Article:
Fur tae stend the New Toun eastart, the Lord Provost, Sir John Marjoribanks, succeedit in gettin the elegant Regent Bridge biggit. It wis complete in 1819. The brig spanned a deep ravine wi narrae inconvenient streets an made access tae Calton Hill hintle easier an greeable frae Princes Street. Edinburgh Toun Cooncil organisit a competeetion for plans tae develop the Eastren New Toun but the result wis inconclusive. Hinderly, designs bi the Airchitect William Henry Playfair wis uised tae develop Calton Hill an Edinburgh’s Eastren New Toun frae 1820 forrit. Playfair’s designs wis intendit tae creaut a New Toun even mair magnificent than Craig's. Regent Terrace, Calton Terrace an Royal Terrace wur biggit but the developments norlins o Lunnon Road wis niver fully completit. On the Sooth side o Calton Hill, various monuments wis erectit as weel as the Old Royal High School in Greek revival style.
A few modest developments in Canonmills wis stairtit in the 1820s but nane wis complete at that time. Fur several decades, the tannage operations o at Silvermills inhibitit development in the immediate vicinity. Frae the 1830s forrit, development slawed but follaein the completion in 1831 o Thomas Telford’s Dean Bridge, the Dean Estate haed some developments biggit. Thir includit the Dean Orphanage (nou the Dean Gallery), Daniel Stewart's College, streets tae the northeast o Queensferry Street (in the 1850s), Buckingham Terrace (in 1860) an Learmonth Terrace (in 1873). Plans tae develop the Moray Estate wur drawn up in 1822 an maist steids wur sauld bi 1836, awtho some biggins wur no biggit till 1855.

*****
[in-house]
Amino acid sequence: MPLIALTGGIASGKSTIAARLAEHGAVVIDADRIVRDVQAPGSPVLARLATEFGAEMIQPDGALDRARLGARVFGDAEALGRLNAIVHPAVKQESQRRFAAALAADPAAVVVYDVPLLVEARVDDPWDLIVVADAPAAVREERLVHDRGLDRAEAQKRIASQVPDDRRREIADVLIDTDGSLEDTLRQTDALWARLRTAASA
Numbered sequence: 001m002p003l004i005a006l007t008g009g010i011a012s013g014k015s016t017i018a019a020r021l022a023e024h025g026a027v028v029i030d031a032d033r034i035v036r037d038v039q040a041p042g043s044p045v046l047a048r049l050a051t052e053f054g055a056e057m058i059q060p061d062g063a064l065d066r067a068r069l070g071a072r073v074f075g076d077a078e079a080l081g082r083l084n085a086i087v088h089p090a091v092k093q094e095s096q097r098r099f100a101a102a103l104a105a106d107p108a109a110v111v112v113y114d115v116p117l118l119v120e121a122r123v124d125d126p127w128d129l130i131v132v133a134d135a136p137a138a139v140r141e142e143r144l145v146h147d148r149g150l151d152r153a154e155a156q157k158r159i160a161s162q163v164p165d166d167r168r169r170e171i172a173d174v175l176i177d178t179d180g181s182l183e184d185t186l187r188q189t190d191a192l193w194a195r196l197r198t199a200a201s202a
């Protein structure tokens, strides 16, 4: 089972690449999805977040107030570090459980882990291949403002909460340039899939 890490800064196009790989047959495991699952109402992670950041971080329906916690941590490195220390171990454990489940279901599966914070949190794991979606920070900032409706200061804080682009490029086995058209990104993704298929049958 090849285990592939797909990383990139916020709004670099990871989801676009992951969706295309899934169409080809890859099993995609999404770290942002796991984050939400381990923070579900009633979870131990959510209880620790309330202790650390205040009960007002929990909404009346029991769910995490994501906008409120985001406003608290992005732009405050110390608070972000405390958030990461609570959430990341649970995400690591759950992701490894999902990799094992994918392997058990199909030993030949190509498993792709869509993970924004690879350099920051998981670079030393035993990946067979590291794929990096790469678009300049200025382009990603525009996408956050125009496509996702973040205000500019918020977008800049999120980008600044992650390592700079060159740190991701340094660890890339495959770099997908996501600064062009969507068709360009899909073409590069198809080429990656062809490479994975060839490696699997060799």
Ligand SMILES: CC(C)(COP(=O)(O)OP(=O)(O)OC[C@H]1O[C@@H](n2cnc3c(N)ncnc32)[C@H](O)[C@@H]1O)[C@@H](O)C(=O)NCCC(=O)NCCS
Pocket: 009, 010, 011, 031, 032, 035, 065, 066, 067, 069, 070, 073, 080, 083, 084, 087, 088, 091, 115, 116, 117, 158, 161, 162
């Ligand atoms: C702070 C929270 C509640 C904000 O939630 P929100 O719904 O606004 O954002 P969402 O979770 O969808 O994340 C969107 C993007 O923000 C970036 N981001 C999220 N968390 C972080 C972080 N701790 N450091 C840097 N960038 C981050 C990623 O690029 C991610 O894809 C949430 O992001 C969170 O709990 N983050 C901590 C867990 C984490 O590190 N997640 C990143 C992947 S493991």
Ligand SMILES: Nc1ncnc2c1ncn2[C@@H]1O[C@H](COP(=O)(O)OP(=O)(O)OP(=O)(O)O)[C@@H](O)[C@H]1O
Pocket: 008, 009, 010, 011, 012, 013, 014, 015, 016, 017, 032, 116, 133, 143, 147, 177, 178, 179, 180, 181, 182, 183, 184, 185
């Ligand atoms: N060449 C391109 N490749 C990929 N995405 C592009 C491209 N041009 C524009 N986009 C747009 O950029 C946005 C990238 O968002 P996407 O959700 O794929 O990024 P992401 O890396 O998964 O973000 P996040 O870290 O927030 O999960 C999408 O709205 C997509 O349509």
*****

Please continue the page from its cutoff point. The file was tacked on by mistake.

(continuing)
In the 19t century, Edinburgh's seicont railwey, the Edinburgh, Leith and Newhaven Railway, biggit a tunnel unner the New Toun tae link Scotland Street wi Canal Street (later absorbit intae Waverley Station). Efter its closur, the tunnel wis uised tae growe puddock-stuils, an durin Warld War II as an air raid shelter.